We canoed into the backwaters of the river and saw several Western Painted Turtles. When we got WAY back into the backwaters the water was still and clear. Frogs were jumping everywhere, and under water we could see huge Bullfrog tadpoles. We noticed two varieties of aquatic plants, Hornwort and Anacharis, and collected a little for our home tanks.
One of my main goals for the day was to find some interesting driftwood to use in my 55 gallon aquarium that will house the baby Red-eared Sliders.
It was fun to canoe in the backwaters. We had to duck under branches and maneuver the canoe around big tree trunks. We saw a Great Blue Heron and some small ducks. Big Carp would swirl in the shallow flats, stirring up the mud.
We went back out to the main channel and, along the way, saw a baby Map Turtle basking on a small log. My friend leaned out of the front of the canoe with a big dip net, holding it underwater, while I paddled quietly and inched him closer and closer. He bumped the log and the little turtle dove right into the net. My friend wants to keep him for awhile and release him later this Summer.

We made our way up to a large sandbar and I picked up some interesting driftwood pieces.

There were thousands of minnows schooling in the shallows.

We found ourselves wandering. We went into the woods and found a little pond filled with hundreds of small frogs. They appeared to be juvenile Bullfrogs, but I think there were some other species as well.
My friend would be searching in one direction and I would be off in the other direction. We had brought our fishing poles but hadn’t touched them.


Off in the distance, my friend is walking along the sandbar, looking for….who knows!


I ended up standing in the water and enjoying it so much that I swam across the river to another sandbar. Not very far at all, but the feel of the current and the cool water really put me in touch with reality. Then I came back to to where my canoe was. My friend had started fishing and had caught a young Largemouth Bass, maybe 6 or 7 inches long. As usual, the fishing looked better on the other side of the river, so I grabbed my fishing pole and swam toward an area of large downed trees. I stood up on a huge tree and watched a big Softshell Turtle come up for a breath. I made a few casts into the shaded areas against the shore and along the tree trunks. No luck, and I got snagged after a few minutes. I pulled on the line and the lure broke off. I watched a Watersnake swim right below me. Reluctantly, I climbed off the log and and went back to the sandbar.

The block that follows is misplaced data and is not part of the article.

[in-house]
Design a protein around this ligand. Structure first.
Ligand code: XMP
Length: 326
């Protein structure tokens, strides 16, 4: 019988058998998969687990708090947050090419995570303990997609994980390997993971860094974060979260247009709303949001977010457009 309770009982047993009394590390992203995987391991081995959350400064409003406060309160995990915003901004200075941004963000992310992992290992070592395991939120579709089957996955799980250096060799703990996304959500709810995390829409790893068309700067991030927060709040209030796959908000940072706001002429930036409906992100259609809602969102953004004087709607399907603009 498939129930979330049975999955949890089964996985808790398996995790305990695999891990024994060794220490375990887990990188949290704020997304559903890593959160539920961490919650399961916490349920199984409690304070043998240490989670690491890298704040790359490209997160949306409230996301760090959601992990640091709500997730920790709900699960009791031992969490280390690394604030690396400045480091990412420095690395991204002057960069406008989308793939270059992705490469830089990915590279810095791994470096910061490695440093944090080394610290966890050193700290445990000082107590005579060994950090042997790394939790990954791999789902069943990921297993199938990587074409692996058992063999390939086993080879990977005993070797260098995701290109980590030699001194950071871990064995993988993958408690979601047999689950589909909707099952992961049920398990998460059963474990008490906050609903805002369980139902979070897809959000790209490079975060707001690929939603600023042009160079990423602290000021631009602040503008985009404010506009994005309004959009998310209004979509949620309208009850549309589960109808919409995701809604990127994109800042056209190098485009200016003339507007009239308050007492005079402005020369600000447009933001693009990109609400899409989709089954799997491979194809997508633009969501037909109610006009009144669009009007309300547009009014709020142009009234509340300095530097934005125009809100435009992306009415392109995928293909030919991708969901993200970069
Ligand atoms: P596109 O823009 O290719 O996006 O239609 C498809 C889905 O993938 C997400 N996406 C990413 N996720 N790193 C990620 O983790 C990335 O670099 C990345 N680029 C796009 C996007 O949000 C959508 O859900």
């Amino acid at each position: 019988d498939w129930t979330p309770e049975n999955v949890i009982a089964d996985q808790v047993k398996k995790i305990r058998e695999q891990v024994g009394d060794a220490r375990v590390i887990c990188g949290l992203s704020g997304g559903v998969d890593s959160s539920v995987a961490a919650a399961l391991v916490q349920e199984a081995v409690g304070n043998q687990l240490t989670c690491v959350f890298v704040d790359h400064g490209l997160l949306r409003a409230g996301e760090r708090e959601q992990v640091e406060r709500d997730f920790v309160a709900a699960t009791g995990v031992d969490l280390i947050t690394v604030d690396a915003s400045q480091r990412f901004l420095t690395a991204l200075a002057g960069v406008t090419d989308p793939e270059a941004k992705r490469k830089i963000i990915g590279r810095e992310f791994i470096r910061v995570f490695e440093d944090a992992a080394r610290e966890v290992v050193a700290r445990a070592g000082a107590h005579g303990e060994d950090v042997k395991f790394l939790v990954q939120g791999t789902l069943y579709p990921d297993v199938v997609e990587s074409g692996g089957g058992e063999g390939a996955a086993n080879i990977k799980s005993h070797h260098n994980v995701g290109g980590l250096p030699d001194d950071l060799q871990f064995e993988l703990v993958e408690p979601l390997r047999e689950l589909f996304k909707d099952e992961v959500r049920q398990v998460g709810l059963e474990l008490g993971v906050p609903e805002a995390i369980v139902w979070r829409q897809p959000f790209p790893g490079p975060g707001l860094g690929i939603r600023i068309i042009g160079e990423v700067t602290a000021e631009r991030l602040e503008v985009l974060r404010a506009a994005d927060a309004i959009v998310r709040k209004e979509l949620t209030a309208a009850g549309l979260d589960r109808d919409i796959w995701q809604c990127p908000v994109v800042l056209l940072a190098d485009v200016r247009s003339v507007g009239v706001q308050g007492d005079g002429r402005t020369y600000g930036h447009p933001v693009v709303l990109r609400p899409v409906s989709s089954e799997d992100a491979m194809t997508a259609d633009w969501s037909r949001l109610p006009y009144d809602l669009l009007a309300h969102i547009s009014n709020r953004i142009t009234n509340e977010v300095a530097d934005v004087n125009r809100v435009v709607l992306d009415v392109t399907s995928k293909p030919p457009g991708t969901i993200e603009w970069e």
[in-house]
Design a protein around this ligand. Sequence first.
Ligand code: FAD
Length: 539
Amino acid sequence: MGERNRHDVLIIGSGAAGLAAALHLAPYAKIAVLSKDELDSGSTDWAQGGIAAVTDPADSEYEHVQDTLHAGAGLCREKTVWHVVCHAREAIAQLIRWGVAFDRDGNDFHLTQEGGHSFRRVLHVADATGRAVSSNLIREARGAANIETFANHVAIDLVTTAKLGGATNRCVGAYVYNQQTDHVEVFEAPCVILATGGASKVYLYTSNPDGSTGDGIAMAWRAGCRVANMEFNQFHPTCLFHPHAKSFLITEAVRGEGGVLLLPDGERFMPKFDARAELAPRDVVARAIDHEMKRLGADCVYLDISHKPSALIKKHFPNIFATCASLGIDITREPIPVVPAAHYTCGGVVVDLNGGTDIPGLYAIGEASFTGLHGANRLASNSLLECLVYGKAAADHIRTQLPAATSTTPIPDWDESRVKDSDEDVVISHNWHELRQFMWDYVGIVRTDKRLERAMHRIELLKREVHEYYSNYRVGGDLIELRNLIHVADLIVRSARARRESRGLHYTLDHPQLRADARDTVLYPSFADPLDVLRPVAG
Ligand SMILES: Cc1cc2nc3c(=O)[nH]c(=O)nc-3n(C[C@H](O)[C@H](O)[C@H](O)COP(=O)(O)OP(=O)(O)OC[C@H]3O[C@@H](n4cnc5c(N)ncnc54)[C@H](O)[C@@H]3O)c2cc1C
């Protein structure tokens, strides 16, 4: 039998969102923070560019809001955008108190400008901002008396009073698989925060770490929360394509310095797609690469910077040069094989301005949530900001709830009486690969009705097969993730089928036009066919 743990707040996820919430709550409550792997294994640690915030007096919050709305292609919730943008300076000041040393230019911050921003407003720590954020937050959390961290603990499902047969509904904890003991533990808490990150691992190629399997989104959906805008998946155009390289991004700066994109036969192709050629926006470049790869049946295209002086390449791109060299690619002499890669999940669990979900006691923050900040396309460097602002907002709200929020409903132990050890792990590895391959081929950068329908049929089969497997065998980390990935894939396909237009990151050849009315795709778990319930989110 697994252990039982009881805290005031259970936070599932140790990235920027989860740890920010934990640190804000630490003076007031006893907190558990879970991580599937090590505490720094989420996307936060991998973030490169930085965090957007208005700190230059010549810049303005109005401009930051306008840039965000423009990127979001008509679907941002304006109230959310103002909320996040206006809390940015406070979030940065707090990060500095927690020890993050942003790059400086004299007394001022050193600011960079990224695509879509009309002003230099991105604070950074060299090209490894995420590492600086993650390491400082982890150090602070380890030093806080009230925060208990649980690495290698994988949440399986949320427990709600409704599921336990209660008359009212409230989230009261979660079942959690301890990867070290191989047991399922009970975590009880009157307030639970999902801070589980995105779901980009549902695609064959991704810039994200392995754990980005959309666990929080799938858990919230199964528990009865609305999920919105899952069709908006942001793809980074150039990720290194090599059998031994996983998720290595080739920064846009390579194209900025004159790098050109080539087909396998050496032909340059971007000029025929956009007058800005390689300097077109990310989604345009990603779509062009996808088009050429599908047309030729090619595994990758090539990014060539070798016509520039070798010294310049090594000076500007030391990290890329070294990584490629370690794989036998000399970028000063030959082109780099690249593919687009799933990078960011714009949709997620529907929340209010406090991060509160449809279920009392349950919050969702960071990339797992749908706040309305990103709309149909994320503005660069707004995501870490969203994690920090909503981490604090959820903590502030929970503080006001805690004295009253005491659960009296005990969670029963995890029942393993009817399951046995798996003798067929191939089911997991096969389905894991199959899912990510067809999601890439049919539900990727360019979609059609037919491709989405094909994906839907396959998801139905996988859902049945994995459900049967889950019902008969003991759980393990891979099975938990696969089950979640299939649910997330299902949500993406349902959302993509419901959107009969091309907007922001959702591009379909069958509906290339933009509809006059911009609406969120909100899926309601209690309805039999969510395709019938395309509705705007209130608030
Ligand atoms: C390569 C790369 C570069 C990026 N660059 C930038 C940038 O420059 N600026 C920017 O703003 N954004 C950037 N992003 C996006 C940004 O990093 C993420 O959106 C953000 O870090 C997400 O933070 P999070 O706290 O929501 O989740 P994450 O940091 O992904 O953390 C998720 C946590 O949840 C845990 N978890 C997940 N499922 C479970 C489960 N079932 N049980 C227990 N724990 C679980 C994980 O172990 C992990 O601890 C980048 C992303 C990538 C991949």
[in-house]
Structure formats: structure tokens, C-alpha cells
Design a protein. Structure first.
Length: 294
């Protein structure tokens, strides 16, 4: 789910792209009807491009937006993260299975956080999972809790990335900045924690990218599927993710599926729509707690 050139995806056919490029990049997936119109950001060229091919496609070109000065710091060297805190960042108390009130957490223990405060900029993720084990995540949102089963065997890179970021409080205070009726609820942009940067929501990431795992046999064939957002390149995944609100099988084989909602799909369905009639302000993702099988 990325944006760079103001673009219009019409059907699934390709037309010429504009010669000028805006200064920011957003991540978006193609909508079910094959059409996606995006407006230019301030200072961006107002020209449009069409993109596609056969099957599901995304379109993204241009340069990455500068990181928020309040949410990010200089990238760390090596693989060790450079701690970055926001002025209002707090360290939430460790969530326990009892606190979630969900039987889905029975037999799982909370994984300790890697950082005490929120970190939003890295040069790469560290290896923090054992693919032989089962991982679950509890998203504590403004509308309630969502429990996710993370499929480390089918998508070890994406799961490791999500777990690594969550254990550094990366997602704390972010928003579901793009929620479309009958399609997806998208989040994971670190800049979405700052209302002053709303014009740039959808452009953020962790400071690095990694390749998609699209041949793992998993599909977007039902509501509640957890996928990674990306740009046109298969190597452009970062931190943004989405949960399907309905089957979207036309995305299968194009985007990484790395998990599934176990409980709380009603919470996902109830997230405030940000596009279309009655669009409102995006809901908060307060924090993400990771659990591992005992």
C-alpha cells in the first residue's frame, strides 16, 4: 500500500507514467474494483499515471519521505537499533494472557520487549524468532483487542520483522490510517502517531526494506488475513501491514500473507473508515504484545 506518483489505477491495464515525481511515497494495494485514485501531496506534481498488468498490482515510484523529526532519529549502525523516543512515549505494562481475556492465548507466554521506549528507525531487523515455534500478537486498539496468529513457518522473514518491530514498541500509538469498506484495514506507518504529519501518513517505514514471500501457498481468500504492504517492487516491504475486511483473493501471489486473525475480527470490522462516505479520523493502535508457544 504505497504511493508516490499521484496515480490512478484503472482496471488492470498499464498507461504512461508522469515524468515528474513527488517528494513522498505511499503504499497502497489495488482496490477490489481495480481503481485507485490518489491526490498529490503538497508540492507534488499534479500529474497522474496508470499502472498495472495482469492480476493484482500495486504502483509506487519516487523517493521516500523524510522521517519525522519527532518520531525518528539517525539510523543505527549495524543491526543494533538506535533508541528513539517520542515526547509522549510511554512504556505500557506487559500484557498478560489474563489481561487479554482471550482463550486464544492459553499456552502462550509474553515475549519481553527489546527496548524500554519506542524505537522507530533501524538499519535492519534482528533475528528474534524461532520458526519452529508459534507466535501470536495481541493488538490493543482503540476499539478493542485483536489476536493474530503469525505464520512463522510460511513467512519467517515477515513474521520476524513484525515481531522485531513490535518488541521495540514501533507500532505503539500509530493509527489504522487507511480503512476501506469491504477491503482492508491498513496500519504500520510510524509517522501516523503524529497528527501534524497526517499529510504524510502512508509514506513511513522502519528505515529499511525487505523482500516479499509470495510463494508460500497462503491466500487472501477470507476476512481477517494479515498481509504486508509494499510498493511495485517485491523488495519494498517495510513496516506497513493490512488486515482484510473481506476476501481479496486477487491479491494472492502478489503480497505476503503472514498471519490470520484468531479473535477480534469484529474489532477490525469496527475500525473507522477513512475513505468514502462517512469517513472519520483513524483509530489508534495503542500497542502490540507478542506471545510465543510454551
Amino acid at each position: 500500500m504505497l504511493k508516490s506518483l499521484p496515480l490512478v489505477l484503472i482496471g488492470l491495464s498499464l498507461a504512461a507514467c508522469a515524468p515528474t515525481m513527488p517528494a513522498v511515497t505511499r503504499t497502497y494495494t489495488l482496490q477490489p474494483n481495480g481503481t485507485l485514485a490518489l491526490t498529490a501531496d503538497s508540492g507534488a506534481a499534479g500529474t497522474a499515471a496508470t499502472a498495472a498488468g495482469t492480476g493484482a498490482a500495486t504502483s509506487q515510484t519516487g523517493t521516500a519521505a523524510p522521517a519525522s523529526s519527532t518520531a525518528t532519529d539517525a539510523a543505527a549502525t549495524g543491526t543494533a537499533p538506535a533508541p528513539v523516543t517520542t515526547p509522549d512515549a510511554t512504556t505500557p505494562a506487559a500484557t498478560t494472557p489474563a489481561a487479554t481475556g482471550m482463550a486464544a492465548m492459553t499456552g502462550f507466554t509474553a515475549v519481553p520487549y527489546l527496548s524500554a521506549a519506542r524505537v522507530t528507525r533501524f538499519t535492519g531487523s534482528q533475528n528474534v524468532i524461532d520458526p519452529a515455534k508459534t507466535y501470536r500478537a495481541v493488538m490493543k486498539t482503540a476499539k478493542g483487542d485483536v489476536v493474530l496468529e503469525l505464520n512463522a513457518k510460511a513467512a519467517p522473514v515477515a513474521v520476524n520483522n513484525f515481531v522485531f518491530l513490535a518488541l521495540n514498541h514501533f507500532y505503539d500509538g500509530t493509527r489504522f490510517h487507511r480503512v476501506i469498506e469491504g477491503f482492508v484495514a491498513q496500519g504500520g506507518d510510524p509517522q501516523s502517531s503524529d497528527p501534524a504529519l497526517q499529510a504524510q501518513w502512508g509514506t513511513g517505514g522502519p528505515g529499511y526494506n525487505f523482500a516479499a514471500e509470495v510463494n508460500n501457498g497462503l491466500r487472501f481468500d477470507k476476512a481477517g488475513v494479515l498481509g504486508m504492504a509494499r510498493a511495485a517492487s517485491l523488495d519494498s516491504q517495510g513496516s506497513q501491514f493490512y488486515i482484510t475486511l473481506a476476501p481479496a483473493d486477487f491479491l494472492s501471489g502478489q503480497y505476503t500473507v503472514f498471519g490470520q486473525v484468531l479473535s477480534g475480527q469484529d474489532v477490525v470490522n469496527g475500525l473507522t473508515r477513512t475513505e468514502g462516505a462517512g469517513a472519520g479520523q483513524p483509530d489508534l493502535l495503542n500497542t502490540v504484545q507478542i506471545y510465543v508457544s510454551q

Out on the river, you can barely see me standing on a log where I was fishing…but not catching.


We left the sandbar and I acted as a human trolling motor for my friend as he fished along the driftwood, then the rocks, and finally along the boat docks as we returned to our starting point. He fished like a pro, putting the lure in some very fishy-looking locations but he didn’t catch any.
I dropped him off at his house. He had a very over-populated tank of Mollies. I don’t have any Black Mollies so he gave me some.

I washed off the aquatic plants and put them into a tank with some baby Swordtails. I’ll have to watch closely. There is a good chance some predatory aquatic insect larvae are in those plants.

Baby Green Swordtails that were born a few days ago.


All in all, we fished about an hour and explored for three hours. We had seen frogs, tadpoles, clams, crayfish, ducks,a heron, lots of little fish, snakes and turtles. On the way home both us were chattering about going back as soon as possible.
I think I will give him one or two of my baby Red-ear Sliders and we can take that Map Turtle back to the river where he belongs.